Saturday, May 22, 2010

The web of life

One of the signs of warm weather are the spider webs that glisten in the morning dew. It is amazing how fast these little engineers can build their webs when the weather warms up. They aren't easily visible until the dew is on them and the morning sun makes them shimmer. It almost looks like little puffs of cotton on the side of the mountain.
Driving into Galeton down Pigeon Hill Road and Button Hollow I was met with a different kind of web. Gypsy moth caterpillars (Forest tent caterpillars) hanging from trees were so prevalent it covered my truck in a web by the time I reached town.
Upon exiting the truck, I too was covered.
Tons of strands went over my bed and doors so that every time I moved near the truck I collected more webs. I wish I had my camera with me then.
This means the tree damage will again be high by Galeton it is too early to tell how far this way it will come. You can see the crawling caterpillars everywhere. Well, I am off to work. Mountain girl, Paula, logging off.

Thursday, May 20, 2010

Sounds of Leetonia

videoThere is nothing like the sound of the creek on a beautiful Spring day in Leetonia. This is Buck Run in front of the house and the recent rain has keep the creek running well and clear. The day started in the lower 40's but quickly warmed up and it is expected to get into the 70's today. Things always seem greener and fresher after a rain. The only downside is the bugs are quick to follow. There is a ton of lazy flies out and some no see-ums. This is the only thing about summer I don't like.
On my way down to look at a fallen tree in Leetonia a young bear ran across the road up into the forest. Scooter didn't care for that and gave a quick growl to hurry the bear along. The light sparkles through the trees in rays upon the road and the sounds of birds are everywhere. This is the pay off for making it through another winter of cold and silence. The weather for the weekend is looking like some rain at this point. But you never know until it happens. On the days they say it will rain it is often the nicest day of the week. Enjoy the creek if you listen close enough you can hear the birds as well. Mountain girl, Paula, logging off.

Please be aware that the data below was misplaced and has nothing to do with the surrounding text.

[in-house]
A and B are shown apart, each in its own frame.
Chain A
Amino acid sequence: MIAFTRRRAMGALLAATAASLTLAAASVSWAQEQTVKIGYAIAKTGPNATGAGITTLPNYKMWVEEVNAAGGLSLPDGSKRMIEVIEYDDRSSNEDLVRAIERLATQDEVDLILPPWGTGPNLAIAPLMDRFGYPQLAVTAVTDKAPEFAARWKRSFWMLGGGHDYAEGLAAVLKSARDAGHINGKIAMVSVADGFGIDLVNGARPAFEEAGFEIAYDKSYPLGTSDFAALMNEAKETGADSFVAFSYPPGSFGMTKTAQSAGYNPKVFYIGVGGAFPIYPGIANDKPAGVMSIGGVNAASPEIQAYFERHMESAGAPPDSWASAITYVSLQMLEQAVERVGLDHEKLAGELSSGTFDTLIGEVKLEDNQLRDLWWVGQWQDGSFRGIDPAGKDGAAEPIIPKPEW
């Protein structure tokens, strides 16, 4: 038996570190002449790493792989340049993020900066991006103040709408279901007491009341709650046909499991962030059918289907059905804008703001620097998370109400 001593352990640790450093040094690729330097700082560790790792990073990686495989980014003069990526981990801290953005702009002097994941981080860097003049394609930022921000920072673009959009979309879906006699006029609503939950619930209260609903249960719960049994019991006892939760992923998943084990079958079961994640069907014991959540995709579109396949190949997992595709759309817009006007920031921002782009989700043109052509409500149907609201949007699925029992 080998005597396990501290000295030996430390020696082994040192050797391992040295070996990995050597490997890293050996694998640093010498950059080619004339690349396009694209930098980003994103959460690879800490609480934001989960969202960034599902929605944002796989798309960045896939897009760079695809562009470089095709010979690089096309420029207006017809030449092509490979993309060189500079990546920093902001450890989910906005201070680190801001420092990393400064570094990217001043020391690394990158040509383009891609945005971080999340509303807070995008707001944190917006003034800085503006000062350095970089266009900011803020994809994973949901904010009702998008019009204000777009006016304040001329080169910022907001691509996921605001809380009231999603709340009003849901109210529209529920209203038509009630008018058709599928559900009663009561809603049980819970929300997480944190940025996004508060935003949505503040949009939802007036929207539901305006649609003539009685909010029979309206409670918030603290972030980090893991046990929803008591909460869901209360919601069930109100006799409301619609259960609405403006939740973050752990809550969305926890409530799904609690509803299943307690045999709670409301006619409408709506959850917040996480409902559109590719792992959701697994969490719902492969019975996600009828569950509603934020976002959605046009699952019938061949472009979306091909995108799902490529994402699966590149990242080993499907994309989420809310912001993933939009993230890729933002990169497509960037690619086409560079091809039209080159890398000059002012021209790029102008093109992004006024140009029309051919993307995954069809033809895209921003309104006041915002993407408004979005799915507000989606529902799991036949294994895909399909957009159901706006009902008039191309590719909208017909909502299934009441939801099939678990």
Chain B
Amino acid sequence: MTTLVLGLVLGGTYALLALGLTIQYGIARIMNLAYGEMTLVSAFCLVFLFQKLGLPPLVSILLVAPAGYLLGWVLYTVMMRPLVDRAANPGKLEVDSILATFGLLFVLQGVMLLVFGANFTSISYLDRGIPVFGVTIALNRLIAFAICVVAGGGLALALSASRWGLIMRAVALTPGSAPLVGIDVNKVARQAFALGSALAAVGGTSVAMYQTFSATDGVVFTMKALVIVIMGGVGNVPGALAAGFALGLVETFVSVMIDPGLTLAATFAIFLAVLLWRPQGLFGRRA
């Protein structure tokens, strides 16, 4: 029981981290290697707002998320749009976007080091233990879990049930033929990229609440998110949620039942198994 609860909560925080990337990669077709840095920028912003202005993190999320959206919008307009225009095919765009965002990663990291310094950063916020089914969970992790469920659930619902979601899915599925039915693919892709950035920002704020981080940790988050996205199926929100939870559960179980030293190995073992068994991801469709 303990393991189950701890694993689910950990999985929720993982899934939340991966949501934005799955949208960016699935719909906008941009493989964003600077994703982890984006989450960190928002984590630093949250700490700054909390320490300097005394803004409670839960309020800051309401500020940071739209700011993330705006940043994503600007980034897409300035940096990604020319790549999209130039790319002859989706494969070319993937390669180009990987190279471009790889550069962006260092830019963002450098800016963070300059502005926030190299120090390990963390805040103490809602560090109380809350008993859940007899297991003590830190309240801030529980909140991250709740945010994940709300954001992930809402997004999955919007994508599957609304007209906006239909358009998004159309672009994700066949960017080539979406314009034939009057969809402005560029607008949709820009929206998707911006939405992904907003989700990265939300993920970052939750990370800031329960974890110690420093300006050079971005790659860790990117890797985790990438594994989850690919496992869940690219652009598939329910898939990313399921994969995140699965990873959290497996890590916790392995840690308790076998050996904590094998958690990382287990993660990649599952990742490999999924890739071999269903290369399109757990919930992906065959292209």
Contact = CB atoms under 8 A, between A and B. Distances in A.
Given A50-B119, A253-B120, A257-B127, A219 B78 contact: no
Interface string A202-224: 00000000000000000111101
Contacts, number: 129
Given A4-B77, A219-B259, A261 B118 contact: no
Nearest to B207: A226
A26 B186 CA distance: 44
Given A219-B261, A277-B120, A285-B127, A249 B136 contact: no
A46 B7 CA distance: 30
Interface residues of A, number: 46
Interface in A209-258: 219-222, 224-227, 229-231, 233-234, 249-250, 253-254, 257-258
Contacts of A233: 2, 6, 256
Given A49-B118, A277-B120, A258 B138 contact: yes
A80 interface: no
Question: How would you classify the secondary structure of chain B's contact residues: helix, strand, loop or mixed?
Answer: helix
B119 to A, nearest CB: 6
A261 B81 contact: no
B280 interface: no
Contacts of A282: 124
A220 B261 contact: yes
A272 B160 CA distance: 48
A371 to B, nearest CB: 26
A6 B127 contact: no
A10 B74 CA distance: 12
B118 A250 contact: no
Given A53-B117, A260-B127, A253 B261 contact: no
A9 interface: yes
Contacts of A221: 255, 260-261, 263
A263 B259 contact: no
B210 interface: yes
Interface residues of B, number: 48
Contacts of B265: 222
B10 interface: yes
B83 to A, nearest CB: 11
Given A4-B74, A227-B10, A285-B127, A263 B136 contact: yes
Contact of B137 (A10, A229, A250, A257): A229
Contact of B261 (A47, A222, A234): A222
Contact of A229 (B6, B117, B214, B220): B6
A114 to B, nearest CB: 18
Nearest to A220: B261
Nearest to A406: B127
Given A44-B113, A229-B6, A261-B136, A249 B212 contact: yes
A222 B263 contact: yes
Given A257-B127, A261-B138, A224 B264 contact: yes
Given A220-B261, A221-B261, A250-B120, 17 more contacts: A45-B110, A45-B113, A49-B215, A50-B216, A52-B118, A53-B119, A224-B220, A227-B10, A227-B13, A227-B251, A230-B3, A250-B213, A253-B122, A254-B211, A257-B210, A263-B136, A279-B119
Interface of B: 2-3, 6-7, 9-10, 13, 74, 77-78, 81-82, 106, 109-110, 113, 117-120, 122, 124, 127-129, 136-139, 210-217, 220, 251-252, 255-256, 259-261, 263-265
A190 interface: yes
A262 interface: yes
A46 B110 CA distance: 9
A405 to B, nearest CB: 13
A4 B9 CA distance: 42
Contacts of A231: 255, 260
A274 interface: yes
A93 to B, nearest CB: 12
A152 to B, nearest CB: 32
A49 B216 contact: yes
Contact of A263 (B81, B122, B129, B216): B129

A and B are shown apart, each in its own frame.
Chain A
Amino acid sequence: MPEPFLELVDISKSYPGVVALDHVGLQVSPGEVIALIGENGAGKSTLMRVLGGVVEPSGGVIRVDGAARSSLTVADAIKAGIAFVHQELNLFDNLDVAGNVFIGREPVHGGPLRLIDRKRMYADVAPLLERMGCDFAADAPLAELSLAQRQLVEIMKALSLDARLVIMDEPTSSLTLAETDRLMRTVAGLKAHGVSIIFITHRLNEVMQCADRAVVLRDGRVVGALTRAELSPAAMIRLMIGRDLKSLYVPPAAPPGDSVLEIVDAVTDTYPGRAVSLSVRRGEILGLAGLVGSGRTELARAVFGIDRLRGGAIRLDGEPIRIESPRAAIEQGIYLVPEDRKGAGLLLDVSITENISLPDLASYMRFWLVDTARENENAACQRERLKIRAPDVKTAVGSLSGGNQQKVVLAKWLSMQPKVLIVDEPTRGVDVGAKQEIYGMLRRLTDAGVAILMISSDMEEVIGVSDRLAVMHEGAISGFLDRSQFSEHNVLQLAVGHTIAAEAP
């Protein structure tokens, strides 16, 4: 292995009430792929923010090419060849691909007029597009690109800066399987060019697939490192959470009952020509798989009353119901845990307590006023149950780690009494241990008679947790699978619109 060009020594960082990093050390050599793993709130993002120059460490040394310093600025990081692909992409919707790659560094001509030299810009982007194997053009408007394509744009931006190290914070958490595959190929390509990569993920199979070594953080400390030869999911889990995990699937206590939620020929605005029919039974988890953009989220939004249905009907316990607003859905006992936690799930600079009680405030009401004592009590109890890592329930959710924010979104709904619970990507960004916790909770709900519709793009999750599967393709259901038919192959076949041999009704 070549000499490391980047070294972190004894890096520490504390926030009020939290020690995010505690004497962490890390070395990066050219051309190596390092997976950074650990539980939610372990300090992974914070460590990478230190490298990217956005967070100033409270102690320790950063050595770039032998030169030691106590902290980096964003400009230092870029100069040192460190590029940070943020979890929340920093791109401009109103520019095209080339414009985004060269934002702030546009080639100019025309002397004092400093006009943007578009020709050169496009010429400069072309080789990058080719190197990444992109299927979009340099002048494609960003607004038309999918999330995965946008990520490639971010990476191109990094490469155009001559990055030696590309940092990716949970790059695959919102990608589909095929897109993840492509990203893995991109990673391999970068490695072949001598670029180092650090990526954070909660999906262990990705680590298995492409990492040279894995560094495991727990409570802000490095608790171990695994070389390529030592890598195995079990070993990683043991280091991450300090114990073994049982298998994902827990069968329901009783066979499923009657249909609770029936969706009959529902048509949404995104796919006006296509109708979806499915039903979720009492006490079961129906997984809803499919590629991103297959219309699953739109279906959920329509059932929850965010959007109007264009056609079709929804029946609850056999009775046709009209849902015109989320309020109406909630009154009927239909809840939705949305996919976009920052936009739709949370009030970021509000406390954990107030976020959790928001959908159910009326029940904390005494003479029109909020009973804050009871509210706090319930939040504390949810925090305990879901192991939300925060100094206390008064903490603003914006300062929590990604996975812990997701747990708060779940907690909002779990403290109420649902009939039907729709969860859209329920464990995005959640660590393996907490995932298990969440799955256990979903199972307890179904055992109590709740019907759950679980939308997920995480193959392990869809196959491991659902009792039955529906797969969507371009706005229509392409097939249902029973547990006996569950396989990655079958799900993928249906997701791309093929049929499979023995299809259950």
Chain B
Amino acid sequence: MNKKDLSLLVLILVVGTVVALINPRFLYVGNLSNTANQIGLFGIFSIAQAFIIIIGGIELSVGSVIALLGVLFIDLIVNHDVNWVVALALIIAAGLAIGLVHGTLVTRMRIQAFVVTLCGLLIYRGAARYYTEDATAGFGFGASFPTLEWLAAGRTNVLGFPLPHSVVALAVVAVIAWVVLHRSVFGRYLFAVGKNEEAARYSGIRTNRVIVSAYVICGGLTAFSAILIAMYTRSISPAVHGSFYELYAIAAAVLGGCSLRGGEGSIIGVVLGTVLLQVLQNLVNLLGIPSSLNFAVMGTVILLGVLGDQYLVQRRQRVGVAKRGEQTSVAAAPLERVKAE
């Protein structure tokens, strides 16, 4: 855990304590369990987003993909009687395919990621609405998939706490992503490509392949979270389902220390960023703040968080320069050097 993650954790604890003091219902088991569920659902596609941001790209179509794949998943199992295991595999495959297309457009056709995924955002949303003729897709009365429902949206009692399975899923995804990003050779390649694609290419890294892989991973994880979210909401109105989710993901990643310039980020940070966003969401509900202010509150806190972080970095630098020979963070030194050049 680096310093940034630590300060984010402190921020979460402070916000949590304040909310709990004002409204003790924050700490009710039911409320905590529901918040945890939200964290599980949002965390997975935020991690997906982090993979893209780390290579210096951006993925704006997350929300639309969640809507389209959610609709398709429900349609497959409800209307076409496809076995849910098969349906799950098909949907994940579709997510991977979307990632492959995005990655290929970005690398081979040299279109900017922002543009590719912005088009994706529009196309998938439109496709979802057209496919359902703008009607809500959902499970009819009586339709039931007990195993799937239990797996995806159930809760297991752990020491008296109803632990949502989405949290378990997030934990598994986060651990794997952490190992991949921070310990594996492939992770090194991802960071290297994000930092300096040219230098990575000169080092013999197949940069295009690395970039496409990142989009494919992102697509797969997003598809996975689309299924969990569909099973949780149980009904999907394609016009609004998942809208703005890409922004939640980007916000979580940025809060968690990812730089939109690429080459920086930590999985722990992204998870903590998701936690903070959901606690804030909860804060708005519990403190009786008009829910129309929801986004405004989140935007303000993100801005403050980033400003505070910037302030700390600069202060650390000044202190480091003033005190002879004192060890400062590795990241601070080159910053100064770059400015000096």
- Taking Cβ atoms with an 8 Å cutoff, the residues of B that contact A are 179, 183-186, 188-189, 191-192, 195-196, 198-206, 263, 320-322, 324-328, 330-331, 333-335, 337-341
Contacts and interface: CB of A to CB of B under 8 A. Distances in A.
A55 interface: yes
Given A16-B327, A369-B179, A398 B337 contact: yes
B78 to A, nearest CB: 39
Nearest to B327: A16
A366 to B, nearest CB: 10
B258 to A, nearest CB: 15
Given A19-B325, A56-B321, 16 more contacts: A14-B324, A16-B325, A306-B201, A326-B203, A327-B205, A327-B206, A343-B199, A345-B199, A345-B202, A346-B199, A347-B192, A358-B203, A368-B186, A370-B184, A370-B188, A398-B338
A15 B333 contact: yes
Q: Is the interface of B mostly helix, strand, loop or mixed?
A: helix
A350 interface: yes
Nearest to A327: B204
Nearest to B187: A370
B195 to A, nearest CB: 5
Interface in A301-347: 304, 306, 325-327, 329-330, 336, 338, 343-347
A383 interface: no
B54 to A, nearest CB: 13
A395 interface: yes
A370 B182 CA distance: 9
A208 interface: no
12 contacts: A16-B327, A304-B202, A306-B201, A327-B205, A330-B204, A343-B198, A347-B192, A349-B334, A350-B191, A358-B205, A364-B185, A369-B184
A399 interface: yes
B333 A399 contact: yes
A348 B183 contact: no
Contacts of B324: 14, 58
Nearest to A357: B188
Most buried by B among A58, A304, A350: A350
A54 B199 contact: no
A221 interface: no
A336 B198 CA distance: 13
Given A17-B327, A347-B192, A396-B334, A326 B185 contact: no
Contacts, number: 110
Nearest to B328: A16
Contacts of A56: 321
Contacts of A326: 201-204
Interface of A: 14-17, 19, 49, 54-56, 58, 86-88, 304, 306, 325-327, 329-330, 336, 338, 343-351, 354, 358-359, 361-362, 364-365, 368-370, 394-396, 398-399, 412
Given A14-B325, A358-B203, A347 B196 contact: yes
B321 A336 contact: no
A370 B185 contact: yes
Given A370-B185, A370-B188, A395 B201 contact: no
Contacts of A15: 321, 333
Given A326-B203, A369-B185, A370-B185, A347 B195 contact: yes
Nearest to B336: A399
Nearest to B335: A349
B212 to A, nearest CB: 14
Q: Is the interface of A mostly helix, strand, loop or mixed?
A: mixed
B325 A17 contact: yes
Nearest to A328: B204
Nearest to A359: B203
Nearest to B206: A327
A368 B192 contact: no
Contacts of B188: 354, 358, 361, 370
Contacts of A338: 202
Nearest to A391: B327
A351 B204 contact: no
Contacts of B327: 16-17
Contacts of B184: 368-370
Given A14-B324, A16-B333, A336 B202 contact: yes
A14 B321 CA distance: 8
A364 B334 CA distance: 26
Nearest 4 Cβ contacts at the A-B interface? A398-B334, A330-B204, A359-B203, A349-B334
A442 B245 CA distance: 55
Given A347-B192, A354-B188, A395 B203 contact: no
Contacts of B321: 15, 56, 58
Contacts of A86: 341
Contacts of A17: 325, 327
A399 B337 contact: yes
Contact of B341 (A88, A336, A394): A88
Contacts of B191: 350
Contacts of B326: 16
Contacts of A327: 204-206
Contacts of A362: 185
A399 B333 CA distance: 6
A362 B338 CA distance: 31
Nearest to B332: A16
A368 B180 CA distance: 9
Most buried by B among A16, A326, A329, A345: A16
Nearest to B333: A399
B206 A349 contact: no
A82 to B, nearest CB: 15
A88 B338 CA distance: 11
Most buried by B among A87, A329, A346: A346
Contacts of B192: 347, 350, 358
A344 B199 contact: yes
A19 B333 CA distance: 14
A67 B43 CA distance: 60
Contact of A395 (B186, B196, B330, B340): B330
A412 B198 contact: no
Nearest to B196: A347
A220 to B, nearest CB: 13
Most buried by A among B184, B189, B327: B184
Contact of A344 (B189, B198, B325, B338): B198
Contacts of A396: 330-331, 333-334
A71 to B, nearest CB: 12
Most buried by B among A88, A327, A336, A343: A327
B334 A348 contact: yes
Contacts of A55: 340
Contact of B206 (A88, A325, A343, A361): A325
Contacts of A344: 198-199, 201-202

Tuesday, May 18, 2010

Last weeks freeze shows up on trees

Many of the trees suffered leaf damage from the deep freeze we had last week. Most of the ash leaves turned brown as well as any walnut. I am sure this will have a bad affect on the apple and acorn crop. Many of the oaks on top of Cedar Mountain look bad wilting as they were starting to grow. The rusty damage to the leaves made the sides of the mountain appear more like early fall colors at first glance.
Of course as you look closer you could see the browning and welting of the leaves. The leaves will drop off and be replaced, but anything blooming is done for the year.
I took the pictures of the sides of the mountain
going down to Cedar Run on Leetonia Road. It was a rainy dreary day in the upper 40's to low 50's the kind of day you just want to sleep.
I had one job on a porch covered by a roof so I opted to do some tear off today to prepare for replacing the deck tomorrow. The forecast promises to be a little drier but light showers are possible.
They patched the one wash out on the road going down Leetonia Road just before the Carpenter and Bobcat camps. They dumped some gravel on top of it today and in a few pot holes while it rained. I never understood this because it turns into a mess fast. Guess they can't wait for nice w
weather on everything.